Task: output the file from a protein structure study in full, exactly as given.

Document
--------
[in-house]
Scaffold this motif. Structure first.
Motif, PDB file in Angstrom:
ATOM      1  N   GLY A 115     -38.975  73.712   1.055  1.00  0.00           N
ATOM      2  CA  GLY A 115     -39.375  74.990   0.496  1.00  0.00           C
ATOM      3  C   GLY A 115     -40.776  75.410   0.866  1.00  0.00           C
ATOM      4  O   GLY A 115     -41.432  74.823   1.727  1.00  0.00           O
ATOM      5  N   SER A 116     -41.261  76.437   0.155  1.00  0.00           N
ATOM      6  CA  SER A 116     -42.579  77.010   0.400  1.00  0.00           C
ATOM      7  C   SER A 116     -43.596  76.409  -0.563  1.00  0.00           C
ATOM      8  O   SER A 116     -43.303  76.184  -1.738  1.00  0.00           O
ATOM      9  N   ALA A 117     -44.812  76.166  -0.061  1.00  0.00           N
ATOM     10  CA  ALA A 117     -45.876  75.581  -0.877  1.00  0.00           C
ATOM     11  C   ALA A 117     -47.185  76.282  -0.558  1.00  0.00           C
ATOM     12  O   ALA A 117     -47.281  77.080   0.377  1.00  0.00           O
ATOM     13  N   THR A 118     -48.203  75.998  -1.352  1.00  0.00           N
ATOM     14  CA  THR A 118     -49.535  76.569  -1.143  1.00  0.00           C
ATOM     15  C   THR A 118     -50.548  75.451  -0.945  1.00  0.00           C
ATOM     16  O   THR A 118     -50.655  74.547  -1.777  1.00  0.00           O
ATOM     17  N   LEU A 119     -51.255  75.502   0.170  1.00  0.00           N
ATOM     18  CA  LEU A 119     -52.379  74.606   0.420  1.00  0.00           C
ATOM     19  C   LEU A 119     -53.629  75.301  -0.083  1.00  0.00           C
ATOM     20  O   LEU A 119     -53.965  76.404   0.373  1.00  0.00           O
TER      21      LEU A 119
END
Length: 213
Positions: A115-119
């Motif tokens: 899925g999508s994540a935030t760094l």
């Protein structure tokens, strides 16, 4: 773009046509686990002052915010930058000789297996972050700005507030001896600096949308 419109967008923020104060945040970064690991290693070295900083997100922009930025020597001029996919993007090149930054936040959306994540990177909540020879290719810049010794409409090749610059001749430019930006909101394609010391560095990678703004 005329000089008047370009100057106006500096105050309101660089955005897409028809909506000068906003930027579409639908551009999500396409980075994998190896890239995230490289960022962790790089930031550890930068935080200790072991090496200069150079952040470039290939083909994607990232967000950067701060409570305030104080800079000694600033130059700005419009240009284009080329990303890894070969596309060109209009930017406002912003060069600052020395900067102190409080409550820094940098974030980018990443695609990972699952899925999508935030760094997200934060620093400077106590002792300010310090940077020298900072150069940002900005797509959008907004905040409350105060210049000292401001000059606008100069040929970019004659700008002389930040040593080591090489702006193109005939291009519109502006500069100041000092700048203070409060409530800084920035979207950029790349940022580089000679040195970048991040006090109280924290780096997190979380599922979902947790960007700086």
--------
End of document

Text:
[in-house]
Scaffold this motif. Structure first.
Motif, PDB file in Angstrom:
ATOM      1  N   GLY A 115     -38.975  73.712   1.055  1.00  0.00           N
ATOM      2  CA  GLY A 115     -39.375  74.990   0.496  1.00  0.00           C
ATOM      3  C   GLY A 115     -40.776  75.410   0.866  1.00  0.00           C
ATOM      4  O   GLY A 115     -41.432  74.823   1.727  1.00  0.00           O
ATOM      5  N   SER A 116     -41.261  76.437   0.155  1.00  0.00           N
ATOM      6  CA  SER A 116     -42.579  77.010   0.400  1.00  0.00           C
ATOM      7  C   SER A 116     -43.596  76.409  -0.563  1.00  0.00           C
ATOM      8  O   SER A 116     -43.303  76.184  -1.738  1.00  0.00           O
ATOM      9  N   ALA A 117     -44.812  76.166  -0.061  1.00  0.00           N
ATOM     10  CA  ALA A 117     -45.876  75.581  -0.877  1.00  0.00           C
ATOM     11  C   ALA A 117     -47.185  76.282  -0.558  1.00  0.00           C
ATOM     12  O   ALA A 117     -47.281  77.080   0.377  1.00  0.00           O
ATOM     13  N   THR A 118     -48.203  75.998  -1.352  1.00  0.00           N
ATOM     14  CA  THR A 118     -49.535  76.569  -1.143  1.00  0.00           C
ATOM     15  C   THR A 118     -50.548  75.451  -0.945  1.00  0.00           C
ATOM     16  O   THR A 118     -50.655  74.547  -1.777  1.00  0.00           O
ATOM     17  N   LEU A 119     -51.255  75.502   0.170  1.00  0.00           N
ATOM     18  CA  LEU A 119     -52.379  74.606   0.420  1.00  0.00           C
ATOM     19  C   LEU A 119     -53.629  75.301  -0.083  1.00  0.00           C
ATOM     20  O   LEU A 119     -53.965  76.404   0.373  1.00  0.00           O
TER      21      LEU A 119
END
Length: 213
Positions: A115-119
């Motif tokens: 899925g999508s994540a935030t760094l």
């Protein structure tokens, strides 16, 4: 773009046509686990002052915010930058000789297996972050700005507030001896600096949308 419109967008923020104060945040970064690991290693070295900083997100922009930025020597001029996919993007090149930054936040959306994540990177909540020879290719810049010794409409090749610059001749430019930006909101394609010391560095990678703004 005329000089008047370009100057106006500096105050309101660089955005897409028809909506000068906003930027579409639908551009999500396409980075994998190896890239995230490289960022962790790089930031550890930068935080200790072991090496200069150079952040470039290939083909994607990232967000950067701060409570305030104080800079000694600033130059700005419009240009284009080329990303890894070969596309060109209009930017406002912003060069600052020395900067102190409080409550820094940098974030980018990443695609990972699952899925999508935030760094997200934060620093400077106590002792300010310090940077020298900072150069940002900005797509959008907004905040409350105060210049000292401001000059606008100069040929970019004659700008002389930040040593080591090489702006193109005939291009519109502006500069100041000092700048203070409060409530800084920035979207950029790349940022580089000679040195970048991040006090109280924290780096997190979380599922979902947790960007700086």